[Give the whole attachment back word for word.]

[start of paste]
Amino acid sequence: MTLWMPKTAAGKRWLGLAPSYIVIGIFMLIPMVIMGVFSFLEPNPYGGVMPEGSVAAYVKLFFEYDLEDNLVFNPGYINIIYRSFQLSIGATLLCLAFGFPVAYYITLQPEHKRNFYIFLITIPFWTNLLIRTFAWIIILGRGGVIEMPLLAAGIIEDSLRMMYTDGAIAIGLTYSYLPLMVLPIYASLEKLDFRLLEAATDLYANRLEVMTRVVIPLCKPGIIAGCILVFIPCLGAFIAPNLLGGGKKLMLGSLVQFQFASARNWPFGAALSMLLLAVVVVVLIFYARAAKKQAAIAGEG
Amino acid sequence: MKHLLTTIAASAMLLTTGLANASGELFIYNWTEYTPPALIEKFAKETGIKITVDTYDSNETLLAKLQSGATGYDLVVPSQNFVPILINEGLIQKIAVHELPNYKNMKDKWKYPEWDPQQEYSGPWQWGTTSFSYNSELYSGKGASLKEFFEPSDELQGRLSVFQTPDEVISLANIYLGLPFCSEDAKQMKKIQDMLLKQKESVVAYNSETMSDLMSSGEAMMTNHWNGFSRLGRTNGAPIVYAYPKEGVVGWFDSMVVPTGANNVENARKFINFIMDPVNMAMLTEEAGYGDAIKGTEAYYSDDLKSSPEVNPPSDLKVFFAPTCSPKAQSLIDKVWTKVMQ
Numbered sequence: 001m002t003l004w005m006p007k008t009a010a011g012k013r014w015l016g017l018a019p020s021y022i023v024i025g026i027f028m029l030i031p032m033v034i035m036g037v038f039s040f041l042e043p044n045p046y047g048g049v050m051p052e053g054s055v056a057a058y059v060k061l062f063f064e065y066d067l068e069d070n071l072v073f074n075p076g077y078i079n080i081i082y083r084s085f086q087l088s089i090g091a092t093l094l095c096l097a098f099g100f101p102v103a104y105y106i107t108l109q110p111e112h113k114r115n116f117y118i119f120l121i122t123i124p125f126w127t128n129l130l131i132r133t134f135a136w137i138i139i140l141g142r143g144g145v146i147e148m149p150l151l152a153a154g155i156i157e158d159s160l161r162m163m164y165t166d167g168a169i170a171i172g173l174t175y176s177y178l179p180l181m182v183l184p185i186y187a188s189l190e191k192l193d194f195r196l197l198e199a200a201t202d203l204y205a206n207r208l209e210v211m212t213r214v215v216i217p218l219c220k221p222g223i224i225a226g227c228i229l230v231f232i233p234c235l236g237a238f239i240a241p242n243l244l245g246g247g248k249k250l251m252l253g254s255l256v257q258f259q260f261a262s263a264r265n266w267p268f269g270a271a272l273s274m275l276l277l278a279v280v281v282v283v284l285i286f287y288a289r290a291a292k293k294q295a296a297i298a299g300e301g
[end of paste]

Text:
Amino acid sequence: MTLWMPKTAAGKRWLGLAPSYIVIGIFMLIPMVIMGVFSFLEPNPYGGVMPEGSVAAYVKLFFEYDLEDNLVFNPGYINIIYRSFQLSIGATLLCLAFGFPVAYYITLQPEHKRNFYIFLITIPFWTNLLIRTFAWIIILGRGGVIEMPLLAAGIIEDSLRMMYTDGAIAIGLTYSYLPLMVLPIYASLEKLDFRLLEAATDLYANRLEVMTRVVIPLCKPGIIAGCILVFIPCLGAFIAPNLLGGGKKLMLGSLVQFQFASARNWPFGAALSMLLLAVVVVVLIFYARAAKKQAAIAGEG
Amino acid sequence: MKHLLTTIAASAMLLTTGLANASGELFIYNWTEYTPPALIEKFAKETGIKITVDTYDSNETLLAKLQSGATGYDLVVPSQNFVPILINEGLIQKIAVHELPNYKNMKDKWKYPEWDPQQEYSGPWQWGTTSFSYNSELYSGKGASLKEFFEPSDELQGRLSVFQTPDEVISLANIYLGLPFCSEDAKQMKKIQDMLLKQKESVVAYNSETMSDLMSSGEAMMTNHWNGFSRLGRTNGAPIVYAYPKEGVVGWFDSMVVPTGANNVENARKFINFIMDPVNMAMLTEEAGYGDAIKGTEAYYSDDLKSSPEVNPPSDLKVFFAPTCSPKAQSLIDKVWTKVMQ
Numbered sequence: 001m002t003l004w005m006p007k008t009a010a011g012k013r014w015l016g017l018a019p020s021y022i023v024i025g026i027f028m029l030i031p032m033v034i035m036g037v038f039s040f041l042e043p044n045p046y047g048g049v050m051p052e053g054s055v056a057a058y059v060k061l062f063f064e065y066d067l068e069d070n071l072v073f074n075p076g077y078i079n080i081i082y083r084s085f086q087l088s089i090g091a092t093l094l095c096l097a098f099g100f101p102v103a104y105y106i107t108l109q110p111e112h113k114r115n116f117y118i119f120l121i122t123i124p125f126w127t128n129l130l131i132r133t134f135a136w137i138i139i140l141g142r143g144g145v146i147e148m149p150l151l152a153a154g155i156i157e158d159s160l161r162m163m164y165t166d167g168a169i170a171i172g173l174t175y176s177y178l179p180l181m182v183l184p185i186y187a188s189l190e191k192l193d194f195r196l197l198e199a200a201t202d203l204y205a206n207r208l209e210v211m212t213r214v215v216i217p218l219c220k221p222g223i224i225a226g227c228i229l230v231f232i233p234c235l236g237a238f239i240a241p242n243l244l245g246g247g248k249k250l251m252l253g254s255l256v257q258f259q260f261a262s263a264r265n266w267p268f269g270a271a272l273s274m275l276l277l278a279v280v281v282v283v284l285i286f287y288a289r290a291a292k293k294q295a296a297i298a299g300e301g